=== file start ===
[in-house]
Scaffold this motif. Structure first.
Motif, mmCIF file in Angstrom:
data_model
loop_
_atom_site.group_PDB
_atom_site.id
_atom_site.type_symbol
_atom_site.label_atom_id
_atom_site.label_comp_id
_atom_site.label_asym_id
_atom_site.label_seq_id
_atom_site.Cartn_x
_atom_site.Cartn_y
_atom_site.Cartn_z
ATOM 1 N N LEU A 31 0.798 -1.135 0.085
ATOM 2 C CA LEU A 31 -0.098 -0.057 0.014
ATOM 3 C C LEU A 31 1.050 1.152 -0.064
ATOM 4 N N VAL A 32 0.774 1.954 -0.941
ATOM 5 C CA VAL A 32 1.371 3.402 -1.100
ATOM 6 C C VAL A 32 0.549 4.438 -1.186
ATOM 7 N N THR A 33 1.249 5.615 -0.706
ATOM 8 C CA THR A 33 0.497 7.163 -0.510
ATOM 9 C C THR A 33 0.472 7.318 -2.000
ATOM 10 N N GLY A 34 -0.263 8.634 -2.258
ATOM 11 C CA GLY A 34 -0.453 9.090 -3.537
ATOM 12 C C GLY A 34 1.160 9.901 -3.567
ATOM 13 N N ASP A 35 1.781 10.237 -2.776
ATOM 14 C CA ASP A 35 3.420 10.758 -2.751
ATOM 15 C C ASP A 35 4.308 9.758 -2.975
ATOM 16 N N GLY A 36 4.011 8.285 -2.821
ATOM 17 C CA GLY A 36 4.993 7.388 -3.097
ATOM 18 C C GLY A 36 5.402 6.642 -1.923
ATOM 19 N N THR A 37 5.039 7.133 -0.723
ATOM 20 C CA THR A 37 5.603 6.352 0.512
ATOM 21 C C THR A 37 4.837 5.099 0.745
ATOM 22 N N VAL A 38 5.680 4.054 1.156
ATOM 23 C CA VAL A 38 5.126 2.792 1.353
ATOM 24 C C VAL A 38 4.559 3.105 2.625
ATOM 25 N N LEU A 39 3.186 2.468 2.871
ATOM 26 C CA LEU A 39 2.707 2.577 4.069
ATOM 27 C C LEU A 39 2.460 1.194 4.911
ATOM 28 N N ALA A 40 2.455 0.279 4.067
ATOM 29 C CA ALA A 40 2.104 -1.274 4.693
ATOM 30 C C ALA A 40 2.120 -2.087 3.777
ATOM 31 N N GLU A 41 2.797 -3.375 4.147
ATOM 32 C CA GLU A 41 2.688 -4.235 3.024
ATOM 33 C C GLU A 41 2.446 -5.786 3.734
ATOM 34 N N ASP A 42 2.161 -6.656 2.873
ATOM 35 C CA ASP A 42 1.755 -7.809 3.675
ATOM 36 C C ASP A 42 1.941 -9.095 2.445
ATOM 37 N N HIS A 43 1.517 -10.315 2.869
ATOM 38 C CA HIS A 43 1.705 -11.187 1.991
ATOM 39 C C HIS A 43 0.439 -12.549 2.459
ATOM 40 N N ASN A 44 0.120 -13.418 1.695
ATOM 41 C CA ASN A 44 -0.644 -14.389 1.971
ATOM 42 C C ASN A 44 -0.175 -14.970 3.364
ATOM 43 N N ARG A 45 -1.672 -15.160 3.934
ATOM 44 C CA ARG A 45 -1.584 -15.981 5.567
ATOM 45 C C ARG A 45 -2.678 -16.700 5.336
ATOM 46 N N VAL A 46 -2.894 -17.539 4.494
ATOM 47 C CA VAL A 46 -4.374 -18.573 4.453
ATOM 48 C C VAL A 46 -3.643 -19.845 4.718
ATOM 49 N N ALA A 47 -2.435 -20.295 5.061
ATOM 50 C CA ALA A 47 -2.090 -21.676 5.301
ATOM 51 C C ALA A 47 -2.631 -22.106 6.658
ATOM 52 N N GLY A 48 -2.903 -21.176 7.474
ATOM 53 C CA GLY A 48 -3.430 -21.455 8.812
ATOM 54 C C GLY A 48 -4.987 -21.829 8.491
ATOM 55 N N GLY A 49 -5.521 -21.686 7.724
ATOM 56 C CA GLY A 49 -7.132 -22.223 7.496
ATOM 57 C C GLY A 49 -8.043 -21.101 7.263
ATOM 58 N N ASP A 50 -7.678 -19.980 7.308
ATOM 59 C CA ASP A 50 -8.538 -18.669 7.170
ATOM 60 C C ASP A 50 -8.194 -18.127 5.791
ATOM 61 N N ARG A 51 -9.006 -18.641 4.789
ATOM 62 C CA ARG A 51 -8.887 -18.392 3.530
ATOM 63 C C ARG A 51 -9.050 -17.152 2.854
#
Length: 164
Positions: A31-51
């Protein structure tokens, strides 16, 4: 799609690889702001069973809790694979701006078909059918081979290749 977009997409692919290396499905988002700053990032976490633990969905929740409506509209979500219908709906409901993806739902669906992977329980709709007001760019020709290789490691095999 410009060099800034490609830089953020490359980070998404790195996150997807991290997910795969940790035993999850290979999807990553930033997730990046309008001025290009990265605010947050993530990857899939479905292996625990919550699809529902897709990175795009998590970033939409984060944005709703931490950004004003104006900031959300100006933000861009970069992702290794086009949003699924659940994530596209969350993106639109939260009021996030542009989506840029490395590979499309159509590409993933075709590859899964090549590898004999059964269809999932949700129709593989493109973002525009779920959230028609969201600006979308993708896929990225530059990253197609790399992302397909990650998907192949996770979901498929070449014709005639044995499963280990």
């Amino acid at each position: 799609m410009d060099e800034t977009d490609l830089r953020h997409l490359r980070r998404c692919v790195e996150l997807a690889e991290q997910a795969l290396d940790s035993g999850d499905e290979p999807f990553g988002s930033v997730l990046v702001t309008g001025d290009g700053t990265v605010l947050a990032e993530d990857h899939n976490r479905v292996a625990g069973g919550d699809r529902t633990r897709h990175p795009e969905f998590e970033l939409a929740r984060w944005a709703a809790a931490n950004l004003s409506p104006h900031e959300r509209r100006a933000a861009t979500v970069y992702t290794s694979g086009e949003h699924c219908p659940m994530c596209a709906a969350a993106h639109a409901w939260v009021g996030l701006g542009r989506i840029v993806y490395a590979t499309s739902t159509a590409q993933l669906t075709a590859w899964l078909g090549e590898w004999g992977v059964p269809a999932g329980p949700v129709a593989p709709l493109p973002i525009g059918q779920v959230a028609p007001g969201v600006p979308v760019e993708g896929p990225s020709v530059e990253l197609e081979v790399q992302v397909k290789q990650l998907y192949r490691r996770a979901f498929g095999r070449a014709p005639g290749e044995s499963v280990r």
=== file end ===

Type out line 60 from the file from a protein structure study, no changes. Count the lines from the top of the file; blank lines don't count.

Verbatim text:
ATOM 45 C C ARG A 45 -2.678 -16.700 5.336